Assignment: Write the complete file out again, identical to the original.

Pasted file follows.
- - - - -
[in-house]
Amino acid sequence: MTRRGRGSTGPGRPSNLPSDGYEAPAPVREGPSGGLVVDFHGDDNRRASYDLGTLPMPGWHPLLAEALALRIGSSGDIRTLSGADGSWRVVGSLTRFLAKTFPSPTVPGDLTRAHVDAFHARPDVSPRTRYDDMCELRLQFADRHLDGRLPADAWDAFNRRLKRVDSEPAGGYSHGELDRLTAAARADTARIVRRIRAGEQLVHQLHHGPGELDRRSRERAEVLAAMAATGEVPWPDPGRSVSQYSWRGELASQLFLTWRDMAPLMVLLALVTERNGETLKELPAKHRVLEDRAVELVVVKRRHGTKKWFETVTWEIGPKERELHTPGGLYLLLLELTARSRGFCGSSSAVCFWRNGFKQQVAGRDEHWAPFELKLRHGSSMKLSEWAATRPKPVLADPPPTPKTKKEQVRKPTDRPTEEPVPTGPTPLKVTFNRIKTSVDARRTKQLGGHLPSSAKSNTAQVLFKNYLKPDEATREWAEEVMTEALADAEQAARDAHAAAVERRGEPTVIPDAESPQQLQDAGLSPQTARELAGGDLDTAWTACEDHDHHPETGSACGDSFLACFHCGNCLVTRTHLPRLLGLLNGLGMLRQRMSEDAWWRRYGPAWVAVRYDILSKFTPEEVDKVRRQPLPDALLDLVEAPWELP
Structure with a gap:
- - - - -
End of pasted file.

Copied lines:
[in-house]
Amino acid sequence: MTRRGRGSTGPGRPSNLPSDGYEAPAPVREGPSGGLVVDFHGDDNRRASYDLGTLPMPGWHPLLAEALALRIGSSGDIRTLSGADGSWRVVGSLTRFLAKTFPSPTVPGDLTRAHVDAFHARPDVSPRTRYDDMCELRLQFADRHLDGRLPADAWDAFNRRLKRVDSEPAGGYSHGELDRLTAAARADTARIVRRIRAGEQLVHQLHHGPGELDRRSRERAEVLAAMAATGEVPWPDPGRSVSQYSWRGELASQLFLTWRDMAPLMVLLALVTERNGETLKELPAKHRVLEDRAVELVVVKRRHGTKKWFETVTWEIGPKERELHTPGGLYLLLLELTARSRGFCGSSSAVCFWRNGFKQQVAGRDEHWAPFELKLRHGSSMKLSEWAATRPKPVLADPPPTPKTKKEQVRKPTDRPTEEPVPTGPTPLKVTFNRIKTSVDARRTKQLGGHLPSSAKSNTAQVLFKNYLKPDEATREWAEEVMTEALADAEQAARDAHAAAVERRGEPTVIPDAESPQQLQDAGLSPQTARELAGGDLDTAWTACEDHDHHPETGSACGDSFLACFHCGNCLVTRTHLPRLLGLLNGLGMLRQRMSEDAWWRRYGPAWVAVRYDILSKFTPEEVDKVRRQPLPDALLDLVEAPWELP
Structure with a gap: